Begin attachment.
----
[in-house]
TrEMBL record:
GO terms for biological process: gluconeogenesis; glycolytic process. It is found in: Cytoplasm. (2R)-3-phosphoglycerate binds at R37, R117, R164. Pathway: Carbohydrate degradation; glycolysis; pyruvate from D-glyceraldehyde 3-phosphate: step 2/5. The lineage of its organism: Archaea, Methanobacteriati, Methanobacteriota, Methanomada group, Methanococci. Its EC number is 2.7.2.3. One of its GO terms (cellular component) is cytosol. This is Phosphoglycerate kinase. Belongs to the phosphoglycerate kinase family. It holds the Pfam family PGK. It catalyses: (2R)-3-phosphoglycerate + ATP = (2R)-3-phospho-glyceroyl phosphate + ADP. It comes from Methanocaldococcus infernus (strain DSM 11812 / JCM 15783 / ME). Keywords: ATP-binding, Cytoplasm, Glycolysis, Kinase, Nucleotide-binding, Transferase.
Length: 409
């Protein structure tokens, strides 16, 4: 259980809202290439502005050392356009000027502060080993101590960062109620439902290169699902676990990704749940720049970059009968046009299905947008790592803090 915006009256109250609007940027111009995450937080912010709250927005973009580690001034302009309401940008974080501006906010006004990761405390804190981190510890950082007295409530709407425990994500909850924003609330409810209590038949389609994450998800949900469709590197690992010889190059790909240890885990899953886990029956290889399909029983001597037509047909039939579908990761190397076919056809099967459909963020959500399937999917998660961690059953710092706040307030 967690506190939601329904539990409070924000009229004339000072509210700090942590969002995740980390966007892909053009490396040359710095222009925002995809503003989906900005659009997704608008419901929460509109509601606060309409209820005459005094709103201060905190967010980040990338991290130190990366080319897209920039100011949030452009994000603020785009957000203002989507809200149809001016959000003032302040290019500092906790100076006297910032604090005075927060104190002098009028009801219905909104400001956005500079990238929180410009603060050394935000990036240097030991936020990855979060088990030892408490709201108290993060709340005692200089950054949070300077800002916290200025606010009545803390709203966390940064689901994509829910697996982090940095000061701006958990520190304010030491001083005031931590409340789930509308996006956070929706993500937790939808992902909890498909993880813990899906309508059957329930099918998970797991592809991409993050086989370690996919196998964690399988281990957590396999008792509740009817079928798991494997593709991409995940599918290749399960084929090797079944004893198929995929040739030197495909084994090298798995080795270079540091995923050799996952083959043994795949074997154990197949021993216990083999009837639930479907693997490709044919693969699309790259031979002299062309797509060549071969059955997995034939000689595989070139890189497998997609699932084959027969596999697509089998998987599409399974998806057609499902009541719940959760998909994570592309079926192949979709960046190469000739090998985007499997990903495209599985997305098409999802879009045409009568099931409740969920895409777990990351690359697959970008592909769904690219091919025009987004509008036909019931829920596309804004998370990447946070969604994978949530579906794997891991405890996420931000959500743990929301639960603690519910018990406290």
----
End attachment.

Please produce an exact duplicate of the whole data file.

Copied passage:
[in-house]
TrEMBL record:
GO terms for biological process: gluconeogenesis; glycolytic process. It is found in: Cytoplasm. (2R)-3-phosphoglycerate binds at R37, R117, R164. Pathway: Carbohydrate degradation; glycolysis; pyruvate from D-glyceraldehyde 3-phosphate: step 2/5. The lineage of its organism: Archaea, Methanobacteriati, Methanobacteriota, Methanomada group, Methanococci. Its EC number is 2.7.2.3. One of its GO terms (cellular component) is cytosol. This is Phosphoglycerate kinase. Belongs to the phosphoglycerate kinase family. It holds the Pfam family PGK. It catalyses: (2R)-3-phosphoglycerate + ATP = (2R)-3-phospho-glyceroyl phosphate + ADP. It comes from Methanocaldococcus infernus (strain DSM 11812 / JCM 15783 / ME). Keywords: ATP-binding, Cytoplasm, Glycolysis, Kinase, Nucleotide-binding, Transferase.
Length: 409
């Protein structure tokens, strides 16, 4: 259980809202290439502005050392356009000027502060080993101590960062109620439902290169699902676990990704749940720049970059009968046009299905947008790592803090 915006009256109250609007940027111009995450937080912010709250927005973009580690001034302009309401940008974080501006906010006004990761405390804190981190510890950082007295409530709407425990994500909850924003609330409810209590038949389609994450998800949900469709590197690992010889190059790909240890885990899953886990029956290889399909029983001597037509047909039939579908990761190397076919056809099967459909963020959500399937999917998660961690059953710092706040307030 967690506190939601329904539990409070924000009229004339000072509210700090942590969002995740980390966007892909053009490396040359710095222009925002995809503003989906900005659009997704608008419901929460509109509601606060309409209820005459005094709103201060905190967010980040990338991290130190990366080319897209920039100011949030452009994000603020785009957000203002989507809200149809001016959000003032302040290019500092906790100076006297910032604090005075927060104190002098009028009801219905909104400001956005500079990238929180410009603060050394935000990036240097030991936020990855979060088990030892408490709201108290993060709340005692200089950054949070300077800002916290200025606010009545803390709203966390940064689901994509829910697996982090940095000061701006958990520190304010030491001083005031931590409340789930509308996006956070929706993500937790939808992902909890498909993880813990899906309508059957329930099918998970797991592809991409993050086989370690996919196998964690399988281990957590396999008792509740009817079928798991494997593709991409995940599918290749399960084929090797079944004893198929995929040739030197495909084994090298798995080795270079540091995923050799996952083959043994795949074997154990197949021993216990083999009837639930479907693997490709044919693969699309790259031979002299062309797509060549071969059955997995034939000689595989070139890189497998997609699932084959027969596999697509089998998987599409399974998806057609499902009541719940959760998909994570592309079926192949979709960046190469000739090998985007499997990903495209599985997305098409999802879009045409009568099931409740969920895409777990990351690359697959970008592909769904690219091919025009987004509008036909019931829920596309804004998370990447946070969604994978949530579906794997891991405890996420931000959500743990929301639960603690519910018990406290």